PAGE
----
It was by both thoughtful planning and sheer good luck that a city life-saving program passed its first test with flying colors. And the wants you to know that you could save the next life whether you're trained to or not.
When an after he collapsed during the Highland Games thanks to the use of an emergency defibrillator housed in the , it proved the inestimable value of the public-access program that has placed these machines in public buildings and offices around Wauwatosa.
Given the specific circumstances, it could be said that the plan succeeded in the one place where it most likely would have failed – with the life-saving equipment tantalizingly out of reach behind locked doors.
In , Wauwatosa Patch told how custodian Jim Fork happened to have returned to the Muellner Building from his rounds of the park to get a drink just when Highland Games event organizers came looking for help.
By chance, Fork was standing within feet of the locked doors of the senior center and was the only person on the grounds with a key. Within seconds, Fork was able to get the center's automated external defibrillator (AED) into the hands of an emergency medical technician who shocked the Illinois bagpiper's heart back to life.
The Wauwatosa Fire Department donated 10 older but still perfectly functional defibrillators to the city when it upgraded to new machines last year, Deputy Fire Chief Jim Case said. The department also provided training in the use of the machines to city staff.
But Case said that, trained or not, people should know where the machines are and that anyone can and should use them in an emergency.
"Absolutely," Case said, "if there's a situation that might be life or death, you should use the AED whether you've ever even seen one or not.
"These things are so automated, when you open the case it tells you, audibly, how to use it, and there's pictorial instructions printed inside as well. It's pretty straightforward, and you can't accidentally shock someone or yourself. They will only respond to certain heart rhythms.
"I know people might feel intimidated by it, but they needn't be. It can't hurt and it could save someone's life."
Case said that when AEDs were installed at O'Hare Airport in Chicago, only a day and a half passed before an untrained bystander used one to restart a heart.
The AED at Hart Park Senior Center was installed in late summer, Case said. There are five more at the Civic Building at North and Wauwatosa avenues, one at the , one at the , one in the booking room at the police substation at Mayfair Mall, and one spare kept at the Fire Department.
At the Civic Building, one AED is at the reception desk of the Health Department, and all department staff know how to use it, nursing supervisor Lori Nielsen said.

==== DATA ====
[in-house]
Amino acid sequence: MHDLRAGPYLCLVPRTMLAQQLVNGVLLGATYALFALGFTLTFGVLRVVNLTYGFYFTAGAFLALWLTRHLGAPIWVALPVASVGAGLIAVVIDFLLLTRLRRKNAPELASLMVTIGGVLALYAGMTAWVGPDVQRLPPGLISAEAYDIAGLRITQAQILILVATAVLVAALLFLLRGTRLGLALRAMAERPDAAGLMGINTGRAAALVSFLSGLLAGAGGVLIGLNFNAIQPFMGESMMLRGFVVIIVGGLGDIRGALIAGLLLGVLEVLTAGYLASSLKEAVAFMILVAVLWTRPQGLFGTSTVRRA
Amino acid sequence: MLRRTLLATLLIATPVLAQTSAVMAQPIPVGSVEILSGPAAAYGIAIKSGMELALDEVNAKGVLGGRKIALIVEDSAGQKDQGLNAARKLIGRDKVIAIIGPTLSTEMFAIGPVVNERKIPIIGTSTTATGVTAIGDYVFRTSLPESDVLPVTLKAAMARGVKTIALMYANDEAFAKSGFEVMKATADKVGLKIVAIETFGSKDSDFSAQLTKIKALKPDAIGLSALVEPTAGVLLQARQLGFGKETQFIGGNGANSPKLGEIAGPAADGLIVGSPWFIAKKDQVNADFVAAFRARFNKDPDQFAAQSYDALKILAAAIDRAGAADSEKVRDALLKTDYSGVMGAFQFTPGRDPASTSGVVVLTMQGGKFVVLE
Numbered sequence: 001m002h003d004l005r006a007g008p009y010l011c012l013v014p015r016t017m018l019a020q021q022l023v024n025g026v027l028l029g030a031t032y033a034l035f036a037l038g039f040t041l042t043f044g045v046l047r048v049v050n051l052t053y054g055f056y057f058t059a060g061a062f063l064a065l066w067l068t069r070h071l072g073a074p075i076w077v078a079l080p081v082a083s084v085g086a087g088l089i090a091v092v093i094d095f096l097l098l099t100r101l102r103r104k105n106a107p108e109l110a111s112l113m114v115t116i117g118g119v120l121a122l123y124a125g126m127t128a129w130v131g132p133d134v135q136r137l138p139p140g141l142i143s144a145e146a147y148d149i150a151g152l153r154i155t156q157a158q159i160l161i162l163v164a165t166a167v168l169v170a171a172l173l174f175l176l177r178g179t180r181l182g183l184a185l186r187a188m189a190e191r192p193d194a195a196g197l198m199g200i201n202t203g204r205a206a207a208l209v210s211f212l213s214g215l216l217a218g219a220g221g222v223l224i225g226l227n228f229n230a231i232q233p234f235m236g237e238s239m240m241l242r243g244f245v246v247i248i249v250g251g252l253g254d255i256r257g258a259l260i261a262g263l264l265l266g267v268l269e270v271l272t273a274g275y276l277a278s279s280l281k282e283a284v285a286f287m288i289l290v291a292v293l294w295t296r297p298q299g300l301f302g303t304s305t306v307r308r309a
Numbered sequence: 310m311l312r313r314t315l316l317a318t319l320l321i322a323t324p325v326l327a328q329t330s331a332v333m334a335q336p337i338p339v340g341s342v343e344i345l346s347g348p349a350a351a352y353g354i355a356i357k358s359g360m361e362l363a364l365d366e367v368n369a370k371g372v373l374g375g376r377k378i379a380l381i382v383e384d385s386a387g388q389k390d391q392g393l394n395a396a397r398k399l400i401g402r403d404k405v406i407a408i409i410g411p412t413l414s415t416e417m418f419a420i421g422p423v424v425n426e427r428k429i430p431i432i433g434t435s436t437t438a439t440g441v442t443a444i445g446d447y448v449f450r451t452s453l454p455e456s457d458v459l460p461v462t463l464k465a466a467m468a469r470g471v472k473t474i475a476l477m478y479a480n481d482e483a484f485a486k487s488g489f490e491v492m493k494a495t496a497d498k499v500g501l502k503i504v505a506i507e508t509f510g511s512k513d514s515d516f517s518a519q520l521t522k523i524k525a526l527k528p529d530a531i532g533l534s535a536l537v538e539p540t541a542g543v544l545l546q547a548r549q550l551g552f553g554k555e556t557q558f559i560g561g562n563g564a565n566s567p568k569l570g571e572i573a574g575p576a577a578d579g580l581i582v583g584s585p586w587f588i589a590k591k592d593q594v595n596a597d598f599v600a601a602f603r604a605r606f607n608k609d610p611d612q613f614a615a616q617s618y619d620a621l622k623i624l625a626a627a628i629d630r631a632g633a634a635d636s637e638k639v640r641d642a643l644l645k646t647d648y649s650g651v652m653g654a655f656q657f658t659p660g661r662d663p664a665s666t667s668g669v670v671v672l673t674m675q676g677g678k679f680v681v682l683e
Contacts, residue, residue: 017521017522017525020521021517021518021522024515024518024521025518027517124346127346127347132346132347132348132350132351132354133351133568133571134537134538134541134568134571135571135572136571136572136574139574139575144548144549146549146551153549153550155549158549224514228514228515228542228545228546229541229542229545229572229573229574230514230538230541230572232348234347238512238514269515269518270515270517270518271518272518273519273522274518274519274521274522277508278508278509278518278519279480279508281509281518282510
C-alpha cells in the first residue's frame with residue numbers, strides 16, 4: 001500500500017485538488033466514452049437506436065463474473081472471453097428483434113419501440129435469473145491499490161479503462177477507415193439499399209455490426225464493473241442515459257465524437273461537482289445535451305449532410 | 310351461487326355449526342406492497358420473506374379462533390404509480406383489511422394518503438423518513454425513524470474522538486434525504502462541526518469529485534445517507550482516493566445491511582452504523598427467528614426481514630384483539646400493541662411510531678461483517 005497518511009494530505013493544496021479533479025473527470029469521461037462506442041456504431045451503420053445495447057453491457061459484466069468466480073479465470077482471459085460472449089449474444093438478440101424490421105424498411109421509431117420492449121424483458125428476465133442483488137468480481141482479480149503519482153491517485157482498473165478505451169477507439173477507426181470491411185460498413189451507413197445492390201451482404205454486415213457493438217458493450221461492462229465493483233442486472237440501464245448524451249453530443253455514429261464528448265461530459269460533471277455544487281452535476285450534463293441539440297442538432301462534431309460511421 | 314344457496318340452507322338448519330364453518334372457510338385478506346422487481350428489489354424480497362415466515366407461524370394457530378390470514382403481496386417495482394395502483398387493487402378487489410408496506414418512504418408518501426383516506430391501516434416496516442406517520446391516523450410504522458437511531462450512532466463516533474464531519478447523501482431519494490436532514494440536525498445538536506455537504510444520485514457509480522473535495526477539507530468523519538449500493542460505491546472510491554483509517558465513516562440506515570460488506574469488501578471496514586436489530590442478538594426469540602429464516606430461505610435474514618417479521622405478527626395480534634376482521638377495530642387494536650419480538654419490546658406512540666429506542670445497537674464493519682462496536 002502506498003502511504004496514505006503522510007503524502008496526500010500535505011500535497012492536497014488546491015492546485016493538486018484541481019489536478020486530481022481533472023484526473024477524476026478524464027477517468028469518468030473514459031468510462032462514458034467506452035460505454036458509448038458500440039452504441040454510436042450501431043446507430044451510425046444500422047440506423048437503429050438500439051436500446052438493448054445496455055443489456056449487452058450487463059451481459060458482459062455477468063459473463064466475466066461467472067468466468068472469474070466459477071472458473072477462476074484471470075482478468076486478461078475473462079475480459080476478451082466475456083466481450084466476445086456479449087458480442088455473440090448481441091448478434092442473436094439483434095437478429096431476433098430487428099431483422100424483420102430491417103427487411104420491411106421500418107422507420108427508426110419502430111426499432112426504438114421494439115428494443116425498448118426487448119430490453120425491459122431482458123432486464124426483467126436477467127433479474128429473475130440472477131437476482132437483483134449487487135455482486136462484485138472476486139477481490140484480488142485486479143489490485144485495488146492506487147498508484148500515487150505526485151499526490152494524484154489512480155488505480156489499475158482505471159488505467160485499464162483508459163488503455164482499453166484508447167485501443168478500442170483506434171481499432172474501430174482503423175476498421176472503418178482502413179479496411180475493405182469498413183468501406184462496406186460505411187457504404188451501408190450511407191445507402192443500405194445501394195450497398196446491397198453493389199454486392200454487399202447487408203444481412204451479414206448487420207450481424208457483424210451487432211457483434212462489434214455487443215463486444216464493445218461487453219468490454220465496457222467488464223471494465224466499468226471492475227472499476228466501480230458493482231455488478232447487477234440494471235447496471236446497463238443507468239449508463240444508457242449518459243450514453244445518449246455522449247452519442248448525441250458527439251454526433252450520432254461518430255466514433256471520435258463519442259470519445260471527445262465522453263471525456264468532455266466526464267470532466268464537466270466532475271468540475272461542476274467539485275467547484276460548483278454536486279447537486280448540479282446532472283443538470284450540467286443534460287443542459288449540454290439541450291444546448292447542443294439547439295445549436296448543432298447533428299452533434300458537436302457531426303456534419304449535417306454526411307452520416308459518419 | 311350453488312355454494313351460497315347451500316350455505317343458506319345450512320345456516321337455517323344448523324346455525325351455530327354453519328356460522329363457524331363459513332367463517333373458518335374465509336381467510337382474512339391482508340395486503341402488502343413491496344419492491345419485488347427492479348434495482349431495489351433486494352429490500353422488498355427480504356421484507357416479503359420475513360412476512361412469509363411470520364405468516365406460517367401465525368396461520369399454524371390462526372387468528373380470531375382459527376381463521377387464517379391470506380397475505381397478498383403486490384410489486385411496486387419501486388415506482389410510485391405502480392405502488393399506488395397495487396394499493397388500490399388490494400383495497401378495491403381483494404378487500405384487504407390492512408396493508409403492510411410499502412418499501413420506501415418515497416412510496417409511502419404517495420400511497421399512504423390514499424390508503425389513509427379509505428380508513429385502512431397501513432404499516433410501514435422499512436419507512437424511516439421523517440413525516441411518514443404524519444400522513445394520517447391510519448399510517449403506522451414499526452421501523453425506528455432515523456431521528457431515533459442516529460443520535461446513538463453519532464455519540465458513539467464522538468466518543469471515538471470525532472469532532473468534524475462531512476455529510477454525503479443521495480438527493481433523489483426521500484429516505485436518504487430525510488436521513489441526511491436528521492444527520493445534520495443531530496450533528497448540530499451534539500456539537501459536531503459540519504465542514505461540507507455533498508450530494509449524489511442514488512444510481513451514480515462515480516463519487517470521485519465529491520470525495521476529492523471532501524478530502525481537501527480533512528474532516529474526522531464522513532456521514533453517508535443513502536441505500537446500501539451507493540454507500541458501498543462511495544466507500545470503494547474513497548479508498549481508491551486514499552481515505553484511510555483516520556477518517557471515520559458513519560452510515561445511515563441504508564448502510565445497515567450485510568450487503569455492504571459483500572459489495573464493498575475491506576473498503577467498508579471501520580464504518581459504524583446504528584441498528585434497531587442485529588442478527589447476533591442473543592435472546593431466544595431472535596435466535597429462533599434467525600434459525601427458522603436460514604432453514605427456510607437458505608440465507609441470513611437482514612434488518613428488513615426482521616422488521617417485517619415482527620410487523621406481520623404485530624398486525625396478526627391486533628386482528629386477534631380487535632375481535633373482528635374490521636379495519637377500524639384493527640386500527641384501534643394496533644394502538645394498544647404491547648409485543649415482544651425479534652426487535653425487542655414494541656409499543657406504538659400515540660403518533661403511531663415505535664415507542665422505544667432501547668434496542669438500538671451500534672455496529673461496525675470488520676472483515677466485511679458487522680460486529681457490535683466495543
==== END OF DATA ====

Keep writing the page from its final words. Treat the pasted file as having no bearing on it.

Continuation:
Two AEDs are in the library, one to the left of the elevator on the lower level and the other behind the information desk in the adult library upstairs.
"All full-time staff are trained, and the desk is manned by a full-time staff member at all hours we're open," said reference librarian Mary Griffith. "The training was excellent, but a refresher would be nice.
"Everybody should remember, though, that the first thing to do is dial 911."
Two more AEDs are located upstairs in City Hall, one just to the left of the City Clerk's office in the lobby and the other just inside the entrance to the Administration offices.
Most of the City Clerk's office staff is AED-trained, and so are a number of members of the city administrative staff – including some high-level ones.
"Yes, I'm trained, although I already have my own," said City Attorney Alan Kesner, patting his pacemaker. "My training is for other people."
The one hitch in the otherwise well-planned system was overcome Saturday by miraculous good fortune. The Hart Park Senior Center is open only from 8 a.m. to 4 p.m. Monday through Friday, but the park itself is host to large events evenings and weekends as well. Had custodian Fork not been where he was, when he was, a man's life would have been cut short at 49 years.
"We thought long and hard about where to put (the AED)," said Merry Johnson, director of the senior center. "It was geared toward us, we requested it, but we did think about putting it outside our doors."
The problem was where, Johnson said, and there was nowhere nearby in the Muellner Building to locate a machine that would be visible without being vulnerable. In an unsupervised location, an AED could be stolen or tampered with and not be available when needed.
"I do think that another one is needed for the park," Johnson said, especially since the park has been expanded in size and since more after-hours sports events are held there now that the football stadium has been rebuilt.
Nevertheless, despite long odds the public-access AED plan did work to perfection the very first time it was tested.
"This is the reason we do the job," Deputy Fire Chief Case said. "It made the difference in saving this guy's life."